Earlier in the week, I crunched some numbers and attempted to estimate a price tag for the Boeing (BA 3.88%) and Lockheed Martin (LMT 1.01%) joint venture United Launch Alliance, which is reported to be up for sale this year. To come up with this number, I laid out the prices that a few other space companies have paid for mergers and acquisitions in the space industry recently.

At first glance, this may not seem relevant. ULA is a private company, after all. Even knowing the price, we as individual investors wouldn't be able to buy it. And yet, there are a lot of struggling space stocks on the market today, and some of them may soon be for sale as bigger, better-financed aerospace and defense companies snap them up and take them private.

Indeed, this could happen sooner than later.

A target-rich environment

Consider: 2021 saw a veritable explosion of new space companies coming public in the form of SPAC IPO transactions. Barely a year later, however, a lot of these companies are starting to flame out, losing 70%, 80%, and even 90% of their market capitalization as prospects for near-term profitability dim.

Just last week, investors saw space launch company Virgin Orbit announce furloughs for its workforce and an "operational pause" as its money starts to run out. It wasn't the first new-space company to encounter such difficulties, and it won't be the last. Over the next few months, multiple other space SPACs may face hardships. Some will fail entirely.

But others will get bought out.

Space sales price list

Our first task as investors is, of course, to pick the space companies that will survive and thrive. But a secondary consideration may be seeking out space companies that could be acquired. If we can determine the right price to pay before that happens, there's the potential to earn a lot of profit when they're bought out.

So how do we do that? Start with the valuations we discussed last week:

  • When L3Harris (LHX 2.51%) bid $4.7 billion to acquire rocket engine specialist Aerojet Rocketdyne (AJRD) last year, the valuation worked out to 2.1 times trailing revenues.
  • When private equity shop Advent International offered to take satellite operator Maxar Technologies (MAXR) private for $6.4 billion, that was a 4 times sales valuation.
  • And, of course, when Aerojet Rocketdyne offered to buy ULA itself eight years ago, it also offered to pay 4 times sales.

Conversely, consider the case of Virgin Orbit -- new-space's most recent flame-out. On Monday, CNBC reported that Virgin Orbit has been shopping itself around and seeking to be acquired. At last report, up to two different parties might be interested, although at least one of them has reportedly "balked" at Virgin Orbit's offer to sell itself for $200 million.

No wonder. Divided by Virgin Orbit's $33.2 million in trailing 12-month sales, that works out to a price-to-sales ratio of 6.0 -- 50% more than a buyer expecting to pay 4 times may have anticipated, and 3 times the price of anyone hoping to buy a space stock for 2 times sales.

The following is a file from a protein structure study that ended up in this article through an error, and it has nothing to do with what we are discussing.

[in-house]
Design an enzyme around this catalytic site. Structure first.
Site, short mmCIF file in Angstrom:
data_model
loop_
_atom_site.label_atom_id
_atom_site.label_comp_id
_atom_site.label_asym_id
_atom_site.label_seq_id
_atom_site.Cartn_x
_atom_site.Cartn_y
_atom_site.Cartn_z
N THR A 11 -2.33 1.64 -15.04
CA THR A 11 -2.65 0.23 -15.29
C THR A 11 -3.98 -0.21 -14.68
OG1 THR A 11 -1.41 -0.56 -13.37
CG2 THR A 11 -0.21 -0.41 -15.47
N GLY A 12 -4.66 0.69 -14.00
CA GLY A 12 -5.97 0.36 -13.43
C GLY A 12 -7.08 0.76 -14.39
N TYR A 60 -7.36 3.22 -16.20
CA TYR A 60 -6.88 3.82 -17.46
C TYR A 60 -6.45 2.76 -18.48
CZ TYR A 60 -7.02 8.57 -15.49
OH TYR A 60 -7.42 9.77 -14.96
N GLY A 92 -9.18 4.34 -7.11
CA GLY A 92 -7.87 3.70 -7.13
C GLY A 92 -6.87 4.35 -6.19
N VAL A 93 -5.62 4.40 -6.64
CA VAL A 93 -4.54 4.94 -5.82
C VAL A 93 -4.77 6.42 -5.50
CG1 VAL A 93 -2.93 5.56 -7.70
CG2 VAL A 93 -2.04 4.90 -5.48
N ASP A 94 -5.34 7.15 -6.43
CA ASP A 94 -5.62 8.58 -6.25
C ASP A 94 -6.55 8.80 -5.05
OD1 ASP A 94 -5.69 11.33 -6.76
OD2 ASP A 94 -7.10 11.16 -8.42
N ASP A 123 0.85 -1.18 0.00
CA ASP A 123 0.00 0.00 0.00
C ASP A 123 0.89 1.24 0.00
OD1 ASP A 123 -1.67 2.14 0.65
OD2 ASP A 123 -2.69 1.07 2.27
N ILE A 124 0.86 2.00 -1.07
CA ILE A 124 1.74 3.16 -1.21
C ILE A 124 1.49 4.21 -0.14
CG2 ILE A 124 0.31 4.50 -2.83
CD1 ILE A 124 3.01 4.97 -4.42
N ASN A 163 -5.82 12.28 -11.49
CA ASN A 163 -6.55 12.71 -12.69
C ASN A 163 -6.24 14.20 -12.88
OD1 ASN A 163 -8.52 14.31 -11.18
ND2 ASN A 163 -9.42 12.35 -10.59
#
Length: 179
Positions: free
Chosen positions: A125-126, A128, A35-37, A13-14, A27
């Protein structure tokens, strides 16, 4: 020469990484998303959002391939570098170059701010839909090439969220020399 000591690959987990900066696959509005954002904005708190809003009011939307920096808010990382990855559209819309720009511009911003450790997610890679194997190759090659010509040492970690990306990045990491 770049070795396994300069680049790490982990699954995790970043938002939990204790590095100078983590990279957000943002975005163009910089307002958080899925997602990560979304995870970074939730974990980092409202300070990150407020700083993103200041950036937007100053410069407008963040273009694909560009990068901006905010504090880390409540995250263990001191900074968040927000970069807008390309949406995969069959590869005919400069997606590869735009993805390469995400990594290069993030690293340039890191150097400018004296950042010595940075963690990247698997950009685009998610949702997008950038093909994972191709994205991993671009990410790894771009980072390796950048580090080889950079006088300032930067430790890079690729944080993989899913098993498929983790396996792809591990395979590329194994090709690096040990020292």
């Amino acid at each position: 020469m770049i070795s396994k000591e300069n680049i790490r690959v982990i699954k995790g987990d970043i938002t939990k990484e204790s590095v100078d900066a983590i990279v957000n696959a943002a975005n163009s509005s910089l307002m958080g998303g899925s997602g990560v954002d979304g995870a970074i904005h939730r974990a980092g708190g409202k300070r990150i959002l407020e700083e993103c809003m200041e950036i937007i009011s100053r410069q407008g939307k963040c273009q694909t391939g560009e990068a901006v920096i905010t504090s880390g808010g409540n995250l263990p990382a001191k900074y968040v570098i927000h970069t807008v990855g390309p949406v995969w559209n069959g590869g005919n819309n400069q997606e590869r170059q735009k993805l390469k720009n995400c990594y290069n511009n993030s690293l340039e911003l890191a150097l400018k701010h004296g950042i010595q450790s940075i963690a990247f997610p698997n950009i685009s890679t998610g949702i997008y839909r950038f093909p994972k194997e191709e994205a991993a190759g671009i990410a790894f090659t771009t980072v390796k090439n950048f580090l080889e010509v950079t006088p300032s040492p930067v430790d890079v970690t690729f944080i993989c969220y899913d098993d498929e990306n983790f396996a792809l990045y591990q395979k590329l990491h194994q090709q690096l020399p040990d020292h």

On the hunt for deep space value

Thus we have our first clue that "six times sales" may be too rich a price to pay for an unprofitable space stock like Virgin Orbit. Unless something changes between the time I'm typing this, and the time it publishes, it seems Virgin Orbit may need to lower its expectations if it wants to find a buyer -- but how low would it have go? Would 4 times sales suffice? What about less than 3 times sales -- or even 2 times sales?

As it turns out, thanks to the abundance of SPAC IPO transactions in 2021, and the dramatic declines in valuation since, there are several space stocks that might look attractive at valuations below 6 times sales.

Consider satellite manufacturer Terran Orbital (LLAP 7.04%), for example. At $289 million in market capitalization, it sells for just 4 times sales today -- and if analysts are right in their projections, as little as 1.2 times next year's sales. (Analysts polled by S&P Global Market Intelligence estimate 2023 sales of $247 million.) Lunar lander-maker Intuitive Machines (LUNR 3.93%), at $283 million, carries a similar 4.1 times valuation on its $69.4 million in trailing sales.

True, I have serious reservations about both these stocks -- but after zooming to unsustainable levels last month, both Terran Orbital and Intuitive Machines have come down in price dramatically. If share prices stay this low, they may soon be worth another look.

Space infrastructure company Redwire (RDW -5.32%) and satellite data company Spire Global are even more interesting. Priced at just 1.4 times and 1.6 times sales, respectively, they already sell toward the low end of previous space mergers and acquisitions valuations. But Redwire in particular is expected to achieve GAAP profitability as early as 2024 -- and may not stay this cheap for long.

To be clear: I'm not saying any of these stocks are worth buying. Early investors in the new space industry have been badly burned already, and none of these small space companies are yet profitable. If they continue to struggle, yes, they may get bought out and deliver investors a windfall -- but they may also go out of business before that happens.

So caveat investor. If you do decide to buy any of them, remember to bet small, in order to lose small.